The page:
I remember it like it was yesterday: The first time I walked into a 24-hour gay club in Atlanta Georgia in 1998. A senior at Boston College, I was down South visiting my dad, and my new gay friends from the club scene had graciously agreed to show me what a “real” night out partying looked like.
By 5 am, the 50,000-square-foot, 3-level club at the corner of Peachtree and 6th was pulsating with energy, hundreds of shirtless men sweating and dancing together under the disco ball. Drag queens and edgy queer girls rounded out the crowd. Backstreet felt like a palace of hedonism, community, and fun designed just for me, especially when compared to my conservative Catholic college and the hetero expectations of my upbringing.
I was greeted not just by my new friends, but the new friends of my new friends, welcoming me like they had known me for years. The mood was jubilant. I instantly felt I had found my “home,” with a sense of belonging I’d never felt among my heterosexual friends in college or even with my biological family.
But what would this 21-year-old have done had places like this not existed? That is the age when we make friends for life, when we find our place in the community and the larger world. It’s when we often come out, and finally experience the freedom of not having to hide who we are.
How much would it have set me back? It’s hard to say, but I’m guessing a lot. “Social distancing” is imperative these days, but for LGBTQ, the cost could be even higher than it is for our straight allies.
In the age of Grindr and Facebook, we are less dependent on bars and clubs. But socialization is still especially vital for us, no matter how we meet.
In his book Bowling Alone: The Collapse and Revival of American Community, the sociologist Robert Putnam says the larger (hetero) community has degraded in recent decades because people are working two jobs just to keep up, and have swapped participating in the local for watching TV. “Most Americans watch Friends rather than having friends,” Putman writes.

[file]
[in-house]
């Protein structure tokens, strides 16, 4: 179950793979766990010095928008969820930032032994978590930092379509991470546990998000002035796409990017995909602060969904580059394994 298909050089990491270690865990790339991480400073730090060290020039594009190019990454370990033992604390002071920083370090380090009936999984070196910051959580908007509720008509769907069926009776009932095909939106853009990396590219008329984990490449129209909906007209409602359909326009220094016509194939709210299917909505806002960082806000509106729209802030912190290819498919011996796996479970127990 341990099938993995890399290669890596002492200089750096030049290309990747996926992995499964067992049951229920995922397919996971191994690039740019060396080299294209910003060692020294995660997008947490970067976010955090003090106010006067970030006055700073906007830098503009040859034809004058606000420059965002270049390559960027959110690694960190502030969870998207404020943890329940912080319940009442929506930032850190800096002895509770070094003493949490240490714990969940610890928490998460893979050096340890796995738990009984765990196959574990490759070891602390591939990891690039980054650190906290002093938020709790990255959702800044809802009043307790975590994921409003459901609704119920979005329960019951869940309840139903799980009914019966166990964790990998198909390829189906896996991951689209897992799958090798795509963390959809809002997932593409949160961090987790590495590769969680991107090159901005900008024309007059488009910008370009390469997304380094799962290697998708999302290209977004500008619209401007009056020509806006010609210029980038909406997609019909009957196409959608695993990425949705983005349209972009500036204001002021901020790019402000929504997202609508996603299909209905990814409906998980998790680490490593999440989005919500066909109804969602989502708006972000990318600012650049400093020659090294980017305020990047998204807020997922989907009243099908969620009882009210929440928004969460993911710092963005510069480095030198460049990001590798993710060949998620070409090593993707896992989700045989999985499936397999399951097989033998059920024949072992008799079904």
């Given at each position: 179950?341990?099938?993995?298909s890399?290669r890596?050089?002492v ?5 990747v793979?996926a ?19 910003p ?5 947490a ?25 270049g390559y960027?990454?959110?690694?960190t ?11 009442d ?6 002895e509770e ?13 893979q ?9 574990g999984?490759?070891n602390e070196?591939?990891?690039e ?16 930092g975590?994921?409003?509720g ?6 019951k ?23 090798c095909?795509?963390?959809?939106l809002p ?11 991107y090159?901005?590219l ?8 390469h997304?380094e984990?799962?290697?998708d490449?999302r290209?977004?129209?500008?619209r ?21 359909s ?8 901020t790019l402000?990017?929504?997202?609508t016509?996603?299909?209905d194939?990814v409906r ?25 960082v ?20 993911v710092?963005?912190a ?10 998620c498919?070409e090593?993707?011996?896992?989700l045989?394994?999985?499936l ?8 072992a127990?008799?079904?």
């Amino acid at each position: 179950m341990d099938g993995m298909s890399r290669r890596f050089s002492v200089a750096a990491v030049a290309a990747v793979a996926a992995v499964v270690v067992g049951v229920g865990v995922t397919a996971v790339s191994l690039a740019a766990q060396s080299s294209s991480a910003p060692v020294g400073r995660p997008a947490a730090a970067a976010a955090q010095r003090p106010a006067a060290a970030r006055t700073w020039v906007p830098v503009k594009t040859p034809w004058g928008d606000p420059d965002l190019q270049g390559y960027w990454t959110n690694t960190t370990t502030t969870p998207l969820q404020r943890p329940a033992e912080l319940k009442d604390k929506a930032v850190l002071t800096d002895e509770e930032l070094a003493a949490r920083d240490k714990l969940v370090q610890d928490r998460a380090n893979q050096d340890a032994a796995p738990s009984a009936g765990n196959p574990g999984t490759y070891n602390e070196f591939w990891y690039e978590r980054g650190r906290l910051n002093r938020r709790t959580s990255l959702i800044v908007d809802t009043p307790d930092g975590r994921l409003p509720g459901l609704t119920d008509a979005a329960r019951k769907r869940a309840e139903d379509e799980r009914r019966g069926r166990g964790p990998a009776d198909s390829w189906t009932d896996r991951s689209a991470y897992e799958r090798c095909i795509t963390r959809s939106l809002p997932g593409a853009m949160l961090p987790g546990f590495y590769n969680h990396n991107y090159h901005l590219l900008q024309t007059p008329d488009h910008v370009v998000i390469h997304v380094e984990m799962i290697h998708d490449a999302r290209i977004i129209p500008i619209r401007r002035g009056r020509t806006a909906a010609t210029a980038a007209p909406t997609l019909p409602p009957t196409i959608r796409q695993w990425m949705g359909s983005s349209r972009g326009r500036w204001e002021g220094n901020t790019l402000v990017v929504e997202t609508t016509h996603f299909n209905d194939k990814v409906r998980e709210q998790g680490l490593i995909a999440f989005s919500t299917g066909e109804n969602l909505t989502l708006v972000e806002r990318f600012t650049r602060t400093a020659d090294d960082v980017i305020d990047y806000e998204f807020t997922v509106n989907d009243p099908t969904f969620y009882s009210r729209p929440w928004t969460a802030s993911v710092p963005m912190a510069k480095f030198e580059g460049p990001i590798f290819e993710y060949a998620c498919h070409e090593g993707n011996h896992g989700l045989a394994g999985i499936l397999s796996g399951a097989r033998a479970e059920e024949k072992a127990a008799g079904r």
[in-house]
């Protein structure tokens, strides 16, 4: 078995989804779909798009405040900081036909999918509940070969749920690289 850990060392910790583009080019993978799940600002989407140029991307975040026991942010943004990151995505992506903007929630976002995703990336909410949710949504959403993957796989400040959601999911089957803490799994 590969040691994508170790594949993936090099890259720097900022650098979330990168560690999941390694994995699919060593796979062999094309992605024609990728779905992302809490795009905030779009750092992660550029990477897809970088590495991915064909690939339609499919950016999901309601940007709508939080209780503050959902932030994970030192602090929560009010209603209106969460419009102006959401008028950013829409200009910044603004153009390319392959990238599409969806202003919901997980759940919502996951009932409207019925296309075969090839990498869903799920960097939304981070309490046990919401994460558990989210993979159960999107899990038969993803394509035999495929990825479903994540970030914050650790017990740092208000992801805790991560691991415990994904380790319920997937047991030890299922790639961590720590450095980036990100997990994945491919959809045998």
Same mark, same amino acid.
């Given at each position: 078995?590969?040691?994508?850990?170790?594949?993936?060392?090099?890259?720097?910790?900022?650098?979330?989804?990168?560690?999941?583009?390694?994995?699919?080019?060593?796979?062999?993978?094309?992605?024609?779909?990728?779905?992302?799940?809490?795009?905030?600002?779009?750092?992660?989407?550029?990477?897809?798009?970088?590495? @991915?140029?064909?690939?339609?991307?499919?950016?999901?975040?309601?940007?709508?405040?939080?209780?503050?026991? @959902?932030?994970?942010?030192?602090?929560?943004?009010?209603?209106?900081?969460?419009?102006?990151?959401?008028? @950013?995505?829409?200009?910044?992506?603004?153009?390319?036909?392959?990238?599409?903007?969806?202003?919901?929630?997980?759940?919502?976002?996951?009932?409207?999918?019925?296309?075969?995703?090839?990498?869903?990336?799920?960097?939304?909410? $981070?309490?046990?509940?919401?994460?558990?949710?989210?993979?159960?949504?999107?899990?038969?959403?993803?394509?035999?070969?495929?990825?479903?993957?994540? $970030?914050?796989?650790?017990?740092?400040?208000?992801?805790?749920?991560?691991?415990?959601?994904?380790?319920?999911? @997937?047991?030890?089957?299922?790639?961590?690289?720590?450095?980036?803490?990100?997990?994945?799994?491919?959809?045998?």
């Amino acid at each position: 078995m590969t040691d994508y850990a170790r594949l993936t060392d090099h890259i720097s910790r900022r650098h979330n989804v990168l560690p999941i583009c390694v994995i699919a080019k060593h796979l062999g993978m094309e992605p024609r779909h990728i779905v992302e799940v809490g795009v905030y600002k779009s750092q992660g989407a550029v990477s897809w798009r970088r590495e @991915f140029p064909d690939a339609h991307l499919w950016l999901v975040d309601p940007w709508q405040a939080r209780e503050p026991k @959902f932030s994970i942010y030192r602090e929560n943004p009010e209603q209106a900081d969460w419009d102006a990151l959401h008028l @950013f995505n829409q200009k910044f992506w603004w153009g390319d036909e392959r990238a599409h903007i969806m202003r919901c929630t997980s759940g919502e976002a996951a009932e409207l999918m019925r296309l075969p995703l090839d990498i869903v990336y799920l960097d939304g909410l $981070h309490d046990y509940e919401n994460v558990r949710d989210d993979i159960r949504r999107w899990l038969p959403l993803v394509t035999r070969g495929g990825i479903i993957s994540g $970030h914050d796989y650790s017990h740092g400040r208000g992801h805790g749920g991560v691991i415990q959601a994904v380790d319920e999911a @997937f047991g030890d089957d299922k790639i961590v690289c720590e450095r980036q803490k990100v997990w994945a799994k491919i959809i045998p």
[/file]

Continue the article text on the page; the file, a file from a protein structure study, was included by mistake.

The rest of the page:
However, this cannot be said of us. Community is where we chose our family, especially if our biological families are not accepting. Not only do we not “bowl alone,” we’ve actually created flourishing LGBTQ bowling leagues all over the nation. We’ve moved to urban areas to be closer to people like us. Many of us were made to feel “less than” just for being who we are, and community institutions heal the trauma and allow us to finally love ourselves.
Heeding the orders of public health officials needs to be our top priority right now. That said, as queer people, we need to be mindful of the costs to our emotional well being.
Most of us will survive, even thrive in isolation, since queer people are connected digitally like few other communities. However, for some, isolating can cause those traumatic feelings from youth to come roaring back–reminding us of when we were bullied, cast out, or just felt “different” and alone. For HIV positive folk who were alive during the AIDS crisis, being told to stay away from others might bring back traumatizing feelings from their days being treated like lepers. Without the intricate support systems most of us have had to put in place, we may experience depression or low self-esteem all over again.